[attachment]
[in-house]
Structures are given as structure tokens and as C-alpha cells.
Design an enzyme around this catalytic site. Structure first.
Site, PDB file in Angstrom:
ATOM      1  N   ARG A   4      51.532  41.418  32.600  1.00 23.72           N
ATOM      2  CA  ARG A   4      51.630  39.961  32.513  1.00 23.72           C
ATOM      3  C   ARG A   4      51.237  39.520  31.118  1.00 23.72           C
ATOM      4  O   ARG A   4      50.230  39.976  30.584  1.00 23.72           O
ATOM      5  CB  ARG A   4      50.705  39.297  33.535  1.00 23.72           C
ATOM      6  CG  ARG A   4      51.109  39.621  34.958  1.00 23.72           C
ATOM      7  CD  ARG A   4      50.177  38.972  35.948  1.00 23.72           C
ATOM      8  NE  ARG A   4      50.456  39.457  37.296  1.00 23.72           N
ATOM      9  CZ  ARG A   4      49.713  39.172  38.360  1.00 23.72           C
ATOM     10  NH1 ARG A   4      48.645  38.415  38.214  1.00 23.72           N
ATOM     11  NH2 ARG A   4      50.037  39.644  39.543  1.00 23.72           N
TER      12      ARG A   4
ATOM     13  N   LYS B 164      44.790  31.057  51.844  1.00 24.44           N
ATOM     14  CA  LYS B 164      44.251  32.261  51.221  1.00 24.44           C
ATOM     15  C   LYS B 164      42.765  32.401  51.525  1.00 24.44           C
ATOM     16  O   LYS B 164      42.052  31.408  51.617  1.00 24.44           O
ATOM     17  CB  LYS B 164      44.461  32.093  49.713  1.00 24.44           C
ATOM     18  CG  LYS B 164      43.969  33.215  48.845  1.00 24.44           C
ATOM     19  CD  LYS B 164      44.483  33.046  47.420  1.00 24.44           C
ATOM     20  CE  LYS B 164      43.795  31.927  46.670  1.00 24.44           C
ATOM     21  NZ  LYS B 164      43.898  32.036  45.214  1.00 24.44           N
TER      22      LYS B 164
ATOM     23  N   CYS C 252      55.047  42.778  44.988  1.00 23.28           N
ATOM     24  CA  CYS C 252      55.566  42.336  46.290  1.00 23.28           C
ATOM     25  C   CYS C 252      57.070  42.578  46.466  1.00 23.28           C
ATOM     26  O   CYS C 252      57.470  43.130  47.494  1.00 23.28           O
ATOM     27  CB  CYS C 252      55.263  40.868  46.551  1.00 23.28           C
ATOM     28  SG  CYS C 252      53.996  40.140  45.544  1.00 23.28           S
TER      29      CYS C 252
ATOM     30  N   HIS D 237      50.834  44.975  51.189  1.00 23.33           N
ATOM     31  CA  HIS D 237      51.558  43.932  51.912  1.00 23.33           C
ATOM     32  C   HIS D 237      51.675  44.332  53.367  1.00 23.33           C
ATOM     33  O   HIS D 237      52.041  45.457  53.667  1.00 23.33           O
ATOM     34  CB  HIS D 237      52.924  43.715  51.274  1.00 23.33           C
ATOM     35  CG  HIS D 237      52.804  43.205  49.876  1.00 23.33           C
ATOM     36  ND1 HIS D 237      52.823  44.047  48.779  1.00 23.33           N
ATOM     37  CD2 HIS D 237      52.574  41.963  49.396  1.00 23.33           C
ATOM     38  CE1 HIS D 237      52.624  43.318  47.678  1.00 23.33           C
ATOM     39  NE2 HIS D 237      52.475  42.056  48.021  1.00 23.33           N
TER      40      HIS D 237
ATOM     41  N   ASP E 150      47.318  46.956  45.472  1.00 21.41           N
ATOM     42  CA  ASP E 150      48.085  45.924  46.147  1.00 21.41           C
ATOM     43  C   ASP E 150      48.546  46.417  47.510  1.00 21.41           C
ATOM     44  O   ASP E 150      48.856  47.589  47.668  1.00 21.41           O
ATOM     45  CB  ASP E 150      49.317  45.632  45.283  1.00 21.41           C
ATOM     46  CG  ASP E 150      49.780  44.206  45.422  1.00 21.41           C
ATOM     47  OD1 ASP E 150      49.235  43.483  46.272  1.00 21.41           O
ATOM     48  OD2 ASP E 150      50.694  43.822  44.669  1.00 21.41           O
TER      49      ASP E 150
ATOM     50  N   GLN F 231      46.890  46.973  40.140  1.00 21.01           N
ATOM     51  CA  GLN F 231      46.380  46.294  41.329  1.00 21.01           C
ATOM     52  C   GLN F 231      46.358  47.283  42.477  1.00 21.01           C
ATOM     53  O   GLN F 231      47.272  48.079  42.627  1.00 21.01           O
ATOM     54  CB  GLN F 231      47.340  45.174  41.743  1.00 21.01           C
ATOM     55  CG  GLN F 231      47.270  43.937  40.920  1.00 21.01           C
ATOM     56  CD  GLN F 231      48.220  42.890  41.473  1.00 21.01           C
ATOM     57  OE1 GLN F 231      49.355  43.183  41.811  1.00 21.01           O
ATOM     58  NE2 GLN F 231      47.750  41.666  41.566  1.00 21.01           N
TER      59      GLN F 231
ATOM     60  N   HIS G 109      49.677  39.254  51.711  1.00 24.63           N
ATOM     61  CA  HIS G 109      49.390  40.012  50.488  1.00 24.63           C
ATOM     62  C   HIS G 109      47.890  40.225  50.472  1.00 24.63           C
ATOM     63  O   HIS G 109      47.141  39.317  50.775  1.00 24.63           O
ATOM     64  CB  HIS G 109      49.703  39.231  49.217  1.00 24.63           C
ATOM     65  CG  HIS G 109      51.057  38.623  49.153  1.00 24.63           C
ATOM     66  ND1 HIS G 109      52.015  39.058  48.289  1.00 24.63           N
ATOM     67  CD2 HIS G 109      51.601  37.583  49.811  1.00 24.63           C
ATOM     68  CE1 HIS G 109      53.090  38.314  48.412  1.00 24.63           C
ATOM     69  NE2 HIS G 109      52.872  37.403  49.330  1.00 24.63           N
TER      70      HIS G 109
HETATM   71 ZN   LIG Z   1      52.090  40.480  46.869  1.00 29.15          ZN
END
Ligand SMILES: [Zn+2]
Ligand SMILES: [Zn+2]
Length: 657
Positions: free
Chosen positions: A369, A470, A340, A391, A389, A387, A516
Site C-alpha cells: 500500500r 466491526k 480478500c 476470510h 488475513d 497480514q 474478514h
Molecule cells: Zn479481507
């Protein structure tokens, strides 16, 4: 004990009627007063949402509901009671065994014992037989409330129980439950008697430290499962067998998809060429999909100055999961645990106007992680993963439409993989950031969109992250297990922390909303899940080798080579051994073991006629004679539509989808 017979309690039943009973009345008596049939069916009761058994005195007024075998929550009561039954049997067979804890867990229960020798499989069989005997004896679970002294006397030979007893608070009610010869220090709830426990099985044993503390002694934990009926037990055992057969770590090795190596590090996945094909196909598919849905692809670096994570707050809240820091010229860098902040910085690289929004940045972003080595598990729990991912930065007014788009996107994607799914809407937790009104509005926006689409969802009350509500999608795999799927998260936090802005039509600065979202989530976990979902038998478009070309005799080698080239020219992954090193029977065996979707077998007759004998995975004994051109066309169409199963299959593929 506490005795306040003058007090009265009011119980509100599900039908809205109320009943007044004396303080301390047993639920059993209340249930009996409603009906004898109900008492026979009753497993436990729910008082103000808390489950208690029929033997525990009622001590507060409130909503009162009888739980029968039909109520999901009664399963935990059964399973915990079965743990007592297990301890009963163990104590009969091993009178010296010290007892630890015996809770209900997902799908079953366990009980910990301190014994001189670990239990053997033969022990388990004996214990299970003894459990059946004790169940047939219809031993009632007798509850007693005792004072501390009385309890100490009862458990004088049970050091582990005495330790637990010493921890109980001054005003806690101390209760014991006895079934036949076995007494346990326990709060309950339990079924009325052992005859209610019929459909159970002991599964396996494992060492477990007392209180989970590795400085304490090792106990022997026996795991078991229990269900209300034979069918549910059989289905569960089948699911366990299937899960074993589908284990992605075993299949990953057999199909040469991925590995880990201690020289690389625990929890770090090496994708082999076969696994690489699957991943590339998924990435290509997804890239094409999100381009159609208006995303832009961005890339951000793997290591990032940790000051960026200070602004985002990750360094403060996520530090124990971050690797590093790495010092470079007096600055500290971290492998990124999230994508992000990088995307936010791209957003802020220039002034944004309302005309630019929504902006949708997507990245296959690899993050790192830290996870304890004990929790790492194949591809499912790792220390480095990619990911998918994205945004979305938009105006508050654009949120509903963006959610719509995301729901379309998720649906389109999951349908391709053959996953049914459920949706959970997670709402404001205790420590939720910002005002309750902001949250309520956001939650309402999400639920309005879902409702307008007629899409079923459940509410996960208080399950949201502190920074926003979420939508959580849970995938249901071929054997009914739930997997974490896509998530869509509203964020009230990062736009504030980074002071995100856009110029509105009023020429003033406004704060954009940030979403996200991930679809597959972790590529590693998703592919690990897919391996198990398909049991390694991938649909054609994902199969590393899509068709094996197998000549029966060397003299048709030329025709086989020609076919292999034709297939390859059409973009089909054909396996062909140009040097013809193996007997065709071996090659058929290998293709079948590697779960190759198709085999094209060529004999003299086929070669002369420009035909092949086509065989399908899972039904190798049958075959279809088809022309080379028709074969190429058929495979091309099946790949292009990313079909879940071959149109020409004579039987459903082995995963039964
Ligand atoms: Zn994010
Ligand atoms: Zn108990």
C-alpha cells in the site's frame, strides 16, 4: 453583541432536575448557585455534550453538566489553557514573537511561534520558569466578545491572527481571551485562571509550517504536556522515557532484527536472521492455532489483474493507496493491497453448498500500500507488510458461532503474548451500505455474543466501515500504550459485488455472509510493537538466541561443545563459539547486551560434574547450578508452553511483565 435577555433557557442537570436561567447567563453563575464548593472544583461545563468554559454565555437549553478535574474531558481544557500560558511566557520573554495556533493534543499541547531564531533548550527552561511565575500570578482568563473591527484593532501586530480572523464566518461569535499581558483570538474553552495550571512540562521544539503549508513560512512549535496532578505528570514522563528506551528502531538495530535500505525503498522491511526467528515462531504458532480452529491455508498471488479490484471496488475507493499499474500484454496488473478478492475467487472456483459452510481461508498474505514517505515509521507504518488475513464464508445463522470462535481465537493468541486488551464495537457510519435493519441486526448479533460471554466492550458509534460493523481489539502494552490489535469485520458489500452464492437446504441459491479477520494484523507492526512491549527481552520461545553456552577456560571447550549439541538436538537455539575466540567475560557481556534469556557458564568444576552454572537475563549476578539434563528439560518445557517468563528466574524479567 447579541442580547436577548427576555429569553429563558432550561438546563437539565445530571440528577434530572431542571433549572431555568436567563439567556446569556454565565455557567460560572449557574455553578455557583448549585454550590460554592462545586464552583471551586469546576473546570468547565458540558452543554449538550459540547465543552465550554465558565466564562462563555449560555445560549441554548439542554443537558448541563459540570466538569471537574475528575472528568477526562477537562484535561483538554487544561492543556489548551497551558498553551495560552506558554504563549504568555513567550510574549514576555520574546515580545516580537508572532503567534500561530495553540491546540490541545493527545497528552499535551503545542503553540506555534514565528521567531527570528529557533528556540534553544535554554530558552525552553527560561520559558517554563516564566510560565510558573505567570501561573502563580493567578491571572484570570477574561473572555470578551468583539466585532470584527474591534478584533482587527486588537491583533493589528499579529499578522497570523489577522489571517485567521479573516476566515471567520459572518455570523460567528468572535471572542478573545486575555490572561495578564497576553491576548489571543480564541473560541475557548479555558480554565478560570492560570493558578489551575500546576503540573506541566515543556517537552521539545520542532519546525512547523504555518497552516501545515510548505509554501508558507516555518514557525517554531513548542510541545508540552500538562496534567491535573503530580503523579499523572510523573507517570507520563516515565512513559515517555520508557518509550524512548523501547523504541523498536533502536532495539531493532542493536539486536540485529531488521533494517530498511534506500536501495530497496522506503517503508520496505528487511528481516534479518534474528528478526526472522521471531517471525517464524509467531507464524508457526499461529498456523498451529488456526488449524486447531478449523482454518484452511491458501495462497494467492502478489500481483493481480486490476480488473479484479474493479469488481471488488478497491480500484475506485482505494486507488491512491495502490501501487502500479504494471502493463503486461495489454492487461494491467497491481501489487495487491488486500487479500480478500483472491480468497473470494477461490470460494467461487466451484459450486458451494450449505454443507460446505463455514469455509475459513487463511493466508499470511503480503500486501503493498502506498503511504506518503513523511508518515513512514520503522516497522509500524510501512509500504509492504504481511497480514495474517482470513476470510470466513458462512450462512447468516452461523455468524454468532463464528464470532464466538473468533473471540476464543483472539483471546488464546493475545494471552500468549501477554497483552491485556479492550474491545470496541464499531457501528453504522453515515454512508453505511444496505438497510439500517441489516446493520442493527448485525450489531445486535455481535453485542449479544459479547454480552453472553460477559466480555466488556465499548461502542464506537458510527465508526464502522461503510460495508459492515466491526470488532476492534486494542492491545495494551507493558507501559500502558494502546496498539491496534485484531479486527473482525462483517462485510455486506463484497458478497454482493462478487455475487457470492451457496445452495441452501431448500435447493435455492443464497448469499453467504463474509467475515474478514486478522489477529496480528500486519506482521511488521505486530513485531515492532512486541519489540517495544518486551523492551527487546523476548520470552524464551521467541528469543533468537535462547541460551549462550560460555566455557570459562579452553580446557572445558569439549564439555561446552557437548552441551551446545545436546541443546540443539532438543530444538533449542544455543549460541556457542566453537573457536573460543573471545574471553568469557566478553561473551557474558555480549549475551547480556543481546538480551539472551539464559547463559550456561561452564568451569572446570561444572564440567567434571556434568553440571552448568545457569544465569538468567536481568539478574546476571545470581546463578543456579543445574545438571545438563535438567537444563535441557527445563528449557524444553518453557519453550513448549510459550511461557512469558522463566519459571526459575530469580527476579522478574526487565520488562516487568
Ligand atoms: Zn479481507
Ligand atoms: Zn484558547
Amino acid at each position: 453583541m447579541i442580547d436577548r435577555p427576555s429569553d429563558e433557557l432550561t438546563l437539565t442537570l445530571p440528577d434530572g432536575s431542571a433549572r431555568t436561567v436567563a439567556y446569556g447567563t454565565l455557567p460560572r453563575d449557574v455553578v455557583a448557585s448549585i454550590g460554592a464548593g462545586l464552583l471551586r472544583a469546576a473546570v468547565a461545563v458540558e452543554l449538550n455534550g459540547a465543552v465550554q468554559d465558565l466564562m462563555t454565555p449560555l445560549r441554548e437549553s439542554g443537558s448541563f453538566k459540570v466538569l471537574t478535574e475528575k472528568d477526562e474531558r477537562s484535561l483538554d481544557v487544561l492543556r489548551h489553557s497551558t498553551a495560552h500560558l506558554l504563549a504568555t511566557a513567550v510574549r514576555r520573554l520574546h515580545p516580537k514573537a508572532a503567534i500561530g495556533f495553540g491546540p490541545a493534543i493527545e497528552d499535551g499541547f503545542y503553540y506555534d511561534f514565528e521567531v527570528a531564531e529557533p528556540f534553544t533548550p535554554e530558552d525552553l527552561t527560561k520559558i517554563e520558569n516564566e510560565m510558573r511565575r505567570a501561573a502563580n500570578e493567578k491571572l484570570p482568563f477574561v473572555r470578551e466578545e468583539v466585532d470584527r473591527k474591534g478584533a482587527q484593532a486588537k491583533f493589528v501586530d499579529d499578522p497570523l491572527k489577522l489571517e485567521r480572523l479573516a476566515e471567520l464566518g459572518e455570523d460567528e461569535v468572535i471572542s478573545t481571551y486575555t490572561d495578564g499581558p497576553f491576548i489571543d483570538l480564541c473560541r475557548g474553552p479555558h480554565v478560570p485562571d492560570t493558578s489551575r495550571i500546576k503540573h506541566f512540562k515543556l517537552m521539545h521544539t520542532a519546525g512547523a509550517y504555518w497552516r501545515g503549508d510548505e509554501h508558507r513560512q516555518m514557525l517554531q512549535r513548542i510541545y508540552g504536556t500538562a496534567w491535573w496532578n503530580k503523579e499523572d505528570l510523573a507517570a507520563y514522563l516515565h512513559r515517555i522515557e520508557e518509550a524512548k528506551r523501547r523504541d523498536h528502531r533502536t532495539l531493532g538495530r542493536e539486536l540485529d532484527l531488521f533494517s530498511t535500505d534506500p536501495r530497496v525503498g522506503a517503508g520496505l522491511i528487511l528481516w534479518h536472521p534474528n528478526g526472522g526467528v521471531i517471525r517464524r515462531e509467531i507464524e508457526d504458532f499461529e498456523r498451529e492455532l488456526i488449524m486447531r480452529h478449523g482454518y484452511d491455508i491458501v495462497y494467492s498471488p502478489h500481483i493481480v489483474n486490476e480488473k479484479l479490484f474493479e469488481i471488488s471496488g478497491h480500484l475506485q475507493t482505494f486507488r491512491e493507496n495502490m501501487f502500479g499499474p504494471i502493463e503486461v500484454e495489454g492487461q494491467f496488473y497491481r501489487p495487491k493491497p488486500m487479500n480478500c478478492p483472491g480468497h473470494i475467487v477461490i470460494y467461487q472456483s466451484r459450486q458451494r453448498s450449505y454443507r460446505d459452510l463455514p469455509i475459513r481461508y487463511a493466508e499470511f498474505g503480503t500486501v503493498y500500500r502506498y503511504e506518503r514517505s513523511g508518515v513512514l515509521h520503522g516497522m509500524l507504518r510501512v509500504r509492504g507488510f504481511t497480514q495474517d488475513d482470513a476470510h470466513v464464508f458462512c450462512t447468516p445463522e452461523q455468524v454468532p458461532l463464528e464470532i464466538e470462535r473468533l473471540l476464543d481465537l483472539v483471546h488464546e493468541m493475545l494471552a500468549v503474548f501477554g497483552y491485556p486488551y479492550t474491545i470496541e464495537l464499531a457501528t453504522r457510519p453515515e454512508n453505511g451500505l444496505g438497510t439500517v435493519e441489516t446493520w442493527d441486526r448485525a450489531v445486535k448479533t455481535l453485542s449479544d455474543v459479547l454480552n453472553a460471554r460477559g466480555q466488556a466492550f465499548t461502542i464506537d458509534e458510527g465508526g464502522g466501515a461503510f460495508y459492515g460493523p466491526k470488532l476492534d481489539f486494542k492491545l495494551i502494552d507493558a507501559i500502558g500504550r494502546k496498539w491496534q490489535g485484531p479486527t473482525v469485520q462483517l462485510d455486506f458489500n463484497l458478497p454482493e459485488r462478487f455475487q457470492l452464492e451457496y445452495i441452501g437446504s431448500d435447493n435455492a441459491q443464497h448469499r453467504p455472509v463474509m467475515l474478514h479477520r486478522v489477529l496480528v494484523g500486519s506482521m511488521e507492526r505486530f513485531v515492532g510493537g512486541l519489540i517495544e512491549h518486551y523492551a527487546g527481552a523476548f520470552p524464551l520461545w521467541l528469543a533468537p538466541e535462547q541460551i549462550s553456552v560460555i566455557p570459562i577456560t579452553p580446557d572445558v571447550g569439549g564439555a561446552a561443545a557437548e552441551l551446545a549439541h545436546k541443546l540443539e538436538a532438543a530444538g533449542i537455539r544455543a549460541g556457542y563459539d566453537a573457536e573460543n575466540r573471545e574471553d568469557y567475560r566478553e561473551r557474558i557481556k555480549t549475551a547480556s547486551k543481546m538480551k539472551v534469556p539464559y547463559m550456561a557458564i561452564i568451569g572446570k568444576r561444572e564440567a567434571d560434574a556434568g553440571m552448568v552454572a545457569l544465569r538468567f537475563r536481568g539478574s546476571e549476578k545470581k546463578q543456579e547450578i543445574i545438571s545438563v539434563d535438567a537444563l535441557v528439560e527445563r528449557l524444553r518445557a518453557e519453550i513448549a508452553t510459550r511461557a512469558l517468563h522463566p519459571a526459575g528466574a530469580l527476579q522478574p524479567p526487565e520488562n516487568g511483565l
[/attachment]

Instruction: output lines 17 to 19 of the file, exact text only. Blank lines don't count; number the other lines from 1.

ATOM     13  N   LYS B 164      44.790  31.057  51.844  1.00 24.44           N
ATOM     14  CA  LYS B 164      44.251  32.261  51.221  1.00 24.44           C
ATOM     15  C   LYS B 164      42.765  32.401  51.525  1.00 24.44           C